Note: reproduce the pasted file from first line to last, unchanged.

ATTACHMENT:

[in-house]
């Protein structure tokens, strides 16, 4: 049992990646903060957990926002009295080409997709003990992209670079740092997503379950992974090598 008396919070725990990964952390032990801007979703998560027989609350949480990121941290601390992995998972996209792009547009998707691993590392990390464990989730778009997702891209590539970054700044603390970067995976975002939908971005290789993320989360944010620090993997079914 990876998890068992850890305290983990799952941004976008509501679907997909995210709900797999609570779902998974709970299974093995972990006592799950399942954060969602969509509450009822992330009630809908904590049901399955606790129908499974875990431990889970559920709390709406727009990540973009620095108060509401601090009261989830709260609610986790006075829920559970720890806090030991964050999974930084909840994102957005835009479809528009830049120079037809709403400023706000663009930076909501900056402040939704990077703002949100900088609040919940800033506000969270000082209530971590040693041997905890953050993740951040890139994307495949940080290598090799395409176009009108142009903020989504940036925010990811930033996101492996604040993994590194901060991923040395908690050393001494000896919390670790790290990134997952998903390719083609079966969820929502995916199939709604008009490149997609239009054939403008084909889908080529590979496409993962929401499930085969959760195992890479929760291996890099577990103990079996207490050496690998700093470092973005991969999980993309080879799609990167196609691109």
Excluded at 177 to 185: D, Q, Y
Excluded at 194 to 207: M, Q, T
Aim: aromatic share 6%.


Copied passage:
[in-house]
């Protein structure tokens, strides 16, 4: 049992990646903060957990926002009295080409997709003990992209670079740092997503379950992974090598 008396919070725990990964952390032990801007979703998560027989609350949480990121941290601390992995998972996209792009547009998707691993590392990390464990989730778009997702891209590539970054700044603390970067995976975002939908971005290789993320989360944010620090993997079914 990876998890068992850890305290983990799952941004976008509501679907997909995210709900797999609570779902998974709970299974093995972990006592799950399942954060969602969509509450009822992330009630809908904590049901399955606790129908499974875990431990889970559920709390709406727009990540973009620095108060509401601090009261989830709260609610986790006075829920559970720890806090030991964050999974930084909840994102957005835009479809528009830049120079037809709403400023706000663009930076909501900056402040939704990077703002949100900088609040919940800033506000969270000082209530971590040693041997905890953050993740951040890139994307495949940080290598090799395409176009009108142009903020989504940036925010990811930033996101492996604040993994590194901060991923040395908690050393001494000896919390670790790290990134997952998903390719083609079966969820929502995916199939709604008009490149997609239009054939403008084909889908080529590979496409993962929401499930085969959760195992890479929760291996890099577990103990079996207490050496690998700093470092973005991969999980993309080879799609990167196609691109």
Excluded at 177 to 185: D, Q, Y
Excluded at 194 to 207: M, Q, T
Aim: aromatic share 6%.